How does VSEPR work?

1 Answer
Aug 8, 2016


The key idea in #"VSEPR"# is that electron pairs, bonding and non-bonding, arrange themselves in the most electrostatically favourable orientation.


So if there are 2 electron pairs around a central atom, a linear molecule will result; if there are 3 electron pairs around a central atom, the electron pairs will arrange themselves in a trigonal plane; and if there are 4 electron pairs around a central atom, the electron pairs will assume a tetrahedral shape.

The important proviso, however, is that we do not describe molecular on the basis of electron pairs, but on the basis of bonds. Around carbon in methane there are 4 electron pairs in #4xxC-H# bonds, which assume the shape of tetrahedron; hence we describe the structure of methane as a tetrahedron.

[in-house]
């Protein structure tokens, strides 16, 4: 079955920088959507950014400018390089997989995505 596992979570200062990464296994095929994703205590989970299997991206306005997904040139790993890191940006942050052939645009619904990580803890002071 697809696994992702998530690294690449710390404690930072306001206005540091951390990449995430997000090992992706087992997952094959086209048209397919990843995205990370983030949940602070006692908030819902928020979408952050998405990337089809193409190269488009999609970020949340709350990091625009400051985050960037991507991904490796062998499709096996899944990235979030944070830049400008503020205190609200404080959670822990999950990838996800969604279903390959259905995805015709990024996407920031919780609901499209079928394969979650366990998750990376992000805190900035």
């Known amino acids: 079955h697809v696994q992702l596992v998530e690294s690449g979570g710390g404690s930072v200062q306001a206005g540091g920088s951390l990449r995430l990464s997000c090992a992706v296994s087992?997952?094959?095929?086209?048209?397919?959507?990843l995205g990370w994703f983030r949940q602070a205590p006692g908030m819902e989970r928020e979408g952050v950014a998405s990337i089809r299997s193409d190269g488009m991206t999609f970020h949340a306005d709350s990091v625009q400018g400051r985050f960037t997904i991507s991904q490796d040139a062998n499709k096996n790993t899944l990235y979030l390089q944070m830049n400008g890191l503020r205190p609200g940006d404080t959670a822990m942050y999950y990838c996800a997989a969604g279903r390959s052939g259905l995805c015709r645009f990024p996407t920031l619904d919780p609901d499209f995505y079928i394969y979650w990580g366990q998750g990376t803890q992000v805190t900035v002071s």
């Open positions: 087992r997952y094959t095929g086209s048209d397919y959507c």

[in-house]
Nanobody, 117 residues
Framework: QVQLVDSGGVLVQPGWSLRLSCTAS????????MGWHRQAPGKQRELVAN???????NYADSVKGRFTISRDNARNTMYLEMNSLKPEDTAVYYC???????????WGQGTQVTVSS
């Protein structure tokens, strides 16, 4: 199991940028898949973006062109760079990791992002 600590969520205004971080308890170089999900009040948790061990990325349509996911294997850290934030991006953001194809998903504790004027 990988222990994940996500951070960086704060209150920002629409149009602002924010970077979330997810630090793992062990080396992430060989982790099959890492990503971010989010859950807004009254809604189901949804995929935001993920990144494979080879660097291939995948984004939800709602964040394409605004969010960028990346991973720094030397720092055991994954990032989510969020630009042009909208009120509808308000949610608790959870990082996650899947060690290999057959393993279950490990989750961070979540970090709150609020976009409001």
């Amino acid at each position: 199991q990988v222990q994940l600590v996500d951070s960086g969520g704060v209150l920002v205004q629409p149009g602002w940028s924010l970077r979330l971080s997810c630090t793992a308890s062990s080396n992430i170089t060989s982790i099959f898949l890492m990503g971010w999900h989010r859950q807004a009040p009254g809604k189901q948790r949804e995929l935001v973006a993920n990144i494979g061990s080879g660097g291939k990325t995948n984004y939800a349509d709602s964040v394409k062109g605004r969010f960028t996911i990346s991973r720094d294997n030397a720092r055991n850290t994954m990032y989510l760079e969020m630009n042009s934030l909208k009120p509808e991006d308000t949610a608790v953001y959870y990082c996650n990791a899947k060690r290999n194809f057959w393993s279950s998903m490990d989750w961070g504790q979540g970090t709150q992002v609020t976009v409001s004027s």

On the other hand, around the oxygen atom in water there are also 4 electron pairs, #2xxO-H# bonds, and two oxygen lone pairs. Now the orientation of these electron pairs about oxygen ALSO assumes a tetrahedral shape, as the shape that minimizes interaction between the electron pairs. But we describe molecular geometry on the basis of bonding pairs, not lone pairs. The #/_H-O-H# bond is tetrahedral to a first approximation, but interaction from the lone pairs compress #/_H-O-H# to approx. #105^@# down from #109.5^@#, and the water molecule is described as bent.

Now the shapes of the electron pairs mirror that of the Platonic solids: 2 electron pairs, linear; 3 electron pairs, trigonal planar; 4 electron pairs, tetrahedral; 5 electron pairs, trigonal bipyramidal; 6 electron pairs, octahedral. Whether the molecules assume these shapes depends on the number of bonding and lone pairs, but it is fairly straightforward to predict molecular geometry on the basis of #"VESPER"#.

There should be many examples of well-answered questions on this topic on these boards. Good luck finding them.